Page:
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Middle East

Israel's fears over Iran nuclear deal

The interim agreement on Iran's nuclear program is seen by many as a milestone, but not in Israel. The government there is especially strident in its criticism.

An angry response from Israel to the interim agreement between world powers and Iran did not take long in coming. While the negotiators were still patting themselves on the back in Geneva and speaking of a "historic" agreement, Israel was already reacting with massive criticism.

Israeli Prime Minister Benjamin Netanyahu called the agreement a "historic mistake." The world had become "a much more dangerous place because the most dangerous regime in the world made a significant step in obtaining the most dangerous weapons in the world."

For the most part, Netanyahu's cabinet agreed with him. Foreign Minister Avigdor Lieberman spoke of "the greatest diplomatic victory of the Islamic Republic since the Khomeini revolution." Others compared the situation with the Munich Agreement of 1938, which led the way to World War II and the Holocaust.

Only President Shimon Peres called for restraint, perhaps with especial regard to the strained relations with the US. Peres pointed out that this was only an interim agreement and that one should judge it on its results, and not on its words.

Arak, IRAN: A general view of a heavy water plant in Arak, 320 kms south of Tehran, 26 August 2006. Iranian President Mahmoud Ahmadinejad opened a heavy water plant today that will feed a new research reactor, just five days before a UN Security Council deadline to suspend sensitive nuclear fuel cycle work. Inaugurating the facility along with the head of Iran's Atomic Energy Organisation, Gholam Reza Aghazadeh, and his deputy, Mohammad Saeedi, Ahmadinejad vowed the Iranian people would defend their rights to nuclear technology 'with force'. AFP PHOTO/ATTA KENARE (Photo credit should read ATTA KENARE/AFP/Getty Images)

Under the deal, construction work on Iran's Arak reactor is being stopped

More varied view from Israeli media

The agreement was seen in a more differentiated way in the Israeli press. "Like every other country in the region, Israel will have to get used to Iran's new status as a nuclear threshold power," wrote the journalist Nahum Barnea in the Israeli daily "Yedioth Ahronoth." It may not be good but it wasn't the end of the world, he wrote. Any Israeli, whether a nuclear expert of not, would understand that.

In another paper, "Ma'ariv," Nadav Eyal wrote that this isn't "Israel's Munich in 1938, nor is it the Treaty of Versailles for the Iranians." The agreement is better than a continuation of the current situation, he said, pointing out that the agreement comes during Netanyahu's watch. The prime minister had made the Iranian nuclear program a top priority and kept on saying that it represented an existential threat to Israel. Israel was left alone with that view - if anyone agreed, it was Saudi Arabia and the other Gulf states.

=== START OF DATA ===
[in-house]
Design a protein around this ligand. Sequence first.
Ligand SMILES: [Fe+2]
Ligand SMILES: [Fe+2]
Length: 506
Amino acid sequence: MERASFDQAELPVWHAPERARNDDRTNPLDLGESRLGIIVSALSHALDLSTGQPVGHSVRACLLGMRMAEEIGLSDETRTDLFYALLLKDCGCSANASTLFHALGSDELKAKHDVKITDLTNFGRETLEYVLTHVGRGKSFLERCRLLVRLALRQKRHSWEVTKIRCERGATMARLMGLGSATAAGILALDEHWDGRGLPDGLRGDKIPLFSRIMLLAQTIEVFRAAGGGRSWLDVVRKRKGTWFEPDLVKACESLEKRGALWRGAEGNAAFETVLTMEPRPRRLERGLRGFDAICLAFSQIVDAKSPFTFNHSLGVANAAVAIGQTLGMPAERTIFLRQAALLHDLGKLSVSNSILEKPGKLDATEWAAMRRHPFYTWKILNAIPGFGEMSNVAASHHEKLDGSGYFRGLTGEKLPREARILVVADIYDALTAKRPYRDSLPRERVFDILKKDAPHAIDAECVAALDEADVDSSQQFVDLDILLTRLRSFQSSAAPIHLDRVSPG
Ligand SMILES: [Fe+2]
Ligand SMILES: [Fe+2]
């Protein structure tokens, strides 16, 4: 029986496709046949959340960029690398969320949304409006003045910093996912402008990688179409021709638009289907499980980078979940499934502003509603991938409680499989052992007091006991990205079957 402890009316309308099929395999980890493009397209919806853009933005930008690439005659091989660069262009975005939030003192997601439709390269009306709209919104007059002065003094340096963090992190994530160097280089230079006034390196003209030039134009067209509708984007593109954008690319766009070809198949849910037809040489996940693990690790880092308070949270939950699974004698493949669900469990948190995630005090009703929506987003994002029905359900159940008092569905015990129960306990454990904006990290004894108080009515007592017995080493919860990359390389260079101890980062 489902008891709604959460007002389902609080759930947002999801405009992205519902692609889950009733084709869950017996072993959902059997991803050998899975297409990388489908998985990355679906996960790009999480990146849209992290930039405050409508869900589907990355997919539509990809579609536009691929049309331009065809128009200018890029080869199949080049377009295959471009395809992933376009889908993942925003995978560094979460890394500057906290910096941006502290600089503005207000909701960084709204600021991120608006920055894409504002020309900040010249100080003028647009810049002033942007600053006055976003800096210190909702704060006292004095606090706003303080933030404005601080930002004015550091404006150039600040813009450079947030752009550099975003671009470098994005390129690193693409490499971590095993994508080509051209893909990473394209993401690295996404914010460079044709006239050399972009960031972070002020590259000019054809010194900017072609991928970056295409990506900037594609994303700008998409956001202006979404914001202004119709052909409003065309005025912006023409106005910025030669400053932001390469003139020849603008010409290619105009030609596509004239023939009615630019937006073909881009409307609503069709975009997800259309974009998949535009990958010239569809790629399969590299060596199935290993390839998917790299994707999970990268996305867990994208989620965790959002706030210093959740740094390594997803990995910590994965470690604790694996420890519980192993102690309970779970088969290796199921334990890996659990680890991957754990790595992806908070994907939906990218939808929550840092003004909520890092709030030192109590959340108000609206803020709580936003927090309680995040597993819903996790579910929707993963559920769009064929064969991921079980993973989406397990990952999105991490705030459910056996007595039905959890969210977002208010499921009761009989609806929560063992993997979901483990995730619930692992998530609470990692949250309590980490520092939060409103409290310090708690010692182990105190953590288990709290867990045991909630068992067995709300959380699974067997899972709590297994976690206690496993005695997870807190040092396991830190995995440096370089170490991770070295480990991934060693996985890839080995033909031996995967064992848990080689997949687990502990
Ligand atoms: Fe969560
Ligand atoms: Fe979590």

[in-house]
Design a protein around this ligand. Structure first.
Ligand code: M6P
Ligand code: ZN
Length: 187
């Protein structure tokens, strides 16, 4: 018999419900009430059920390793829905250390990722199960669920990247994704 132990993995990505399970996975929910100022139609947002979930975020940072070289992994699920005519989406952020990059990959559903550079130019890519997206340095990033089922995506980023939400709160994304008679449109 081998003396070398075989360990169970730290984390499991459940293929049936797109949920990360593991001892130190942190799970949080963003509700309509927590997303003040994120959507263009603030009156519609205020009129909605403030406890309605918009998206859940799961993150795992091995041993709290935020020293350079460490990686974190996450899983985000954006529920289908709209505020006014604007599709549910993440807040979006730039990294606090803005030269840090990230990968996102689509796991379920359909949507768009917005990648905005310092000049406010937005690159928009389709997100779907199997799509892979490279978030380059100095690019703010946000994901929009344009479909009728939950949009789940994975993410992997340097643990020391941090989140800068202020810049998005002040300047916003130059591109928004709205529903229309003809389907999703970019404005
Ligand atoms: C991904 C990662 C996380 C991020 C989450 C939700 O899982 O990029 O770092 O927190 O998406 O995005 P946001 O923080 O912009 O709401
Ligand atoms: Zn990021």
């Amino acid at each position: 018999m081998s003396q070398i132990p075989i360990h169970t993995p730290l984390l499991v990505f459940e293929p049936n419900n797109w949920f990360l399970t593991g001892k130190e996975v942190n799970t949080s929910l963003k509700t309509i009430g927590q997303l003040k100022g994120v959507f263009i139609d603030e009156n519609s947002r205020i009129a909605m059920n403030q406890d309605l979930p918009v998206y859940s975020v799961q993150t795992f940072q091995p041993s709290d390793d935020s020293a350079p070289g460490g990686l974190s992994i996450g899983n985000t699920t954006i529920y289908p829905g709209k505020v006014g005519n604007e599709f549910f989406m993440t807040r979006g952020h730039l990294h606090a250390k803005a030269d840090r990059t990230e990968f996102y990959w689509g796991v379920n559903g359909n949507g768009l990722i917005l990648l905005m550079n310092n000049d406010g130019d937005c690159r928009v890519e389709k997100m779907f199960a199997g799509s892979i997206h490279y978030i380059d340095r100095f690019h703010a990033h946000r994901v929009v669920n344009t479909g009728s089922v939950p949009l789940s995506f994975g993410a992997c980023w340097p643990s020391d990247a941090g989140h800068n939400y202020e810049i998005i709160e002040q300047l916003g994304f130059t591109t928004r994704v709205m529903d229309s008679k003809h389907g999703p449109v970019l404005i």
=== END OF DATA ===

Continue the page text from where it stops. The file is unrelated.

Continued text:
Decisive six months

Meir Javedanfar, an Iranian-Israeli analyst, argues that the position of the Netanyahu government isn't surprising, but it's also not constructive. "The government speaks on my behalf when it talks about stopping Iran from building a nuclear weapon," he said, "but it doesn't speak for me if it rejects every step towards a diplomatic solution. This agreement at least ensures that Iran can't build a bomb while they are talking to each other. We ought to give that a chance."

Javedanfar sees it as positive that the international inspectors will be allowed to make daily visits, and that construction work on the Arak reactor is being stopped. But what is decisive is what happens in the next six months.

European Union foreign policy chief Catherine Ashton (3rd L) delivers a statement during a ceremony next to British Foreign Secretary William Hague, Germany's Foreign Minister Guido Westerwelle, Iranian Foreign Minister Mohammad Javad Zarif, Chinese Foreign Minister Wang Yi, U.S. Secretary of State John Kerry, Russia's Foreign Minister Sergei Lavrov and French Foreign Minister Laurent Fabius (L-R) at the United Nations in Geneva REUTERS/Denis Balibouse

The negotiators in Geneva were quick to congratulate themselves on their achievement

"The agreement is not a reason for celebration, but isn't an absolute disaster either," said Emily Landau, Iran specialist with the Institute for National Security Studies in Tel Aviv. But she warns against lifting any further sanctions - after all, sanctions are the only reason Iran is talking at all.

"We'll have to watch over the next six months to see how the details of the agreement are negotiated. The Iranians will challenge every clause and say, 'No, we didn't agree to that - you've understood that wrong.'" And, she added, they'll try to have further sanctions relaxed.

Problematic relaxation

But it's the relaxation of certain sanctions which has angered Netanyahu the most. He says that they have been built up over years, only to be dropped in exchange for "cosmetic concessions." Western politicians have let themselves be fooled by the charm offensive of the Iranian president, Hassan Rouhani. It was only a few days ago that Iran's Supreme Leader, Ayatollah Ali Khamenei, described Israel as a "rabid dog."

Now that the agreement has become a reality, goes the official Israeli line, Israel should use the next six months to help ensure that Israel has an influence, politically and "in other ways" on the coming negotiations. One of the elements in that policy will have to be to improve the relationship with the US.

President Barack Obama offered Netanyahu immediate talks about the Iranian nuclear program during a telephone call on Sunday (24.11.2013). It's not clear whether the call appeased him, but Netanyahu repeated that Israel did not feel bound by the agreement.

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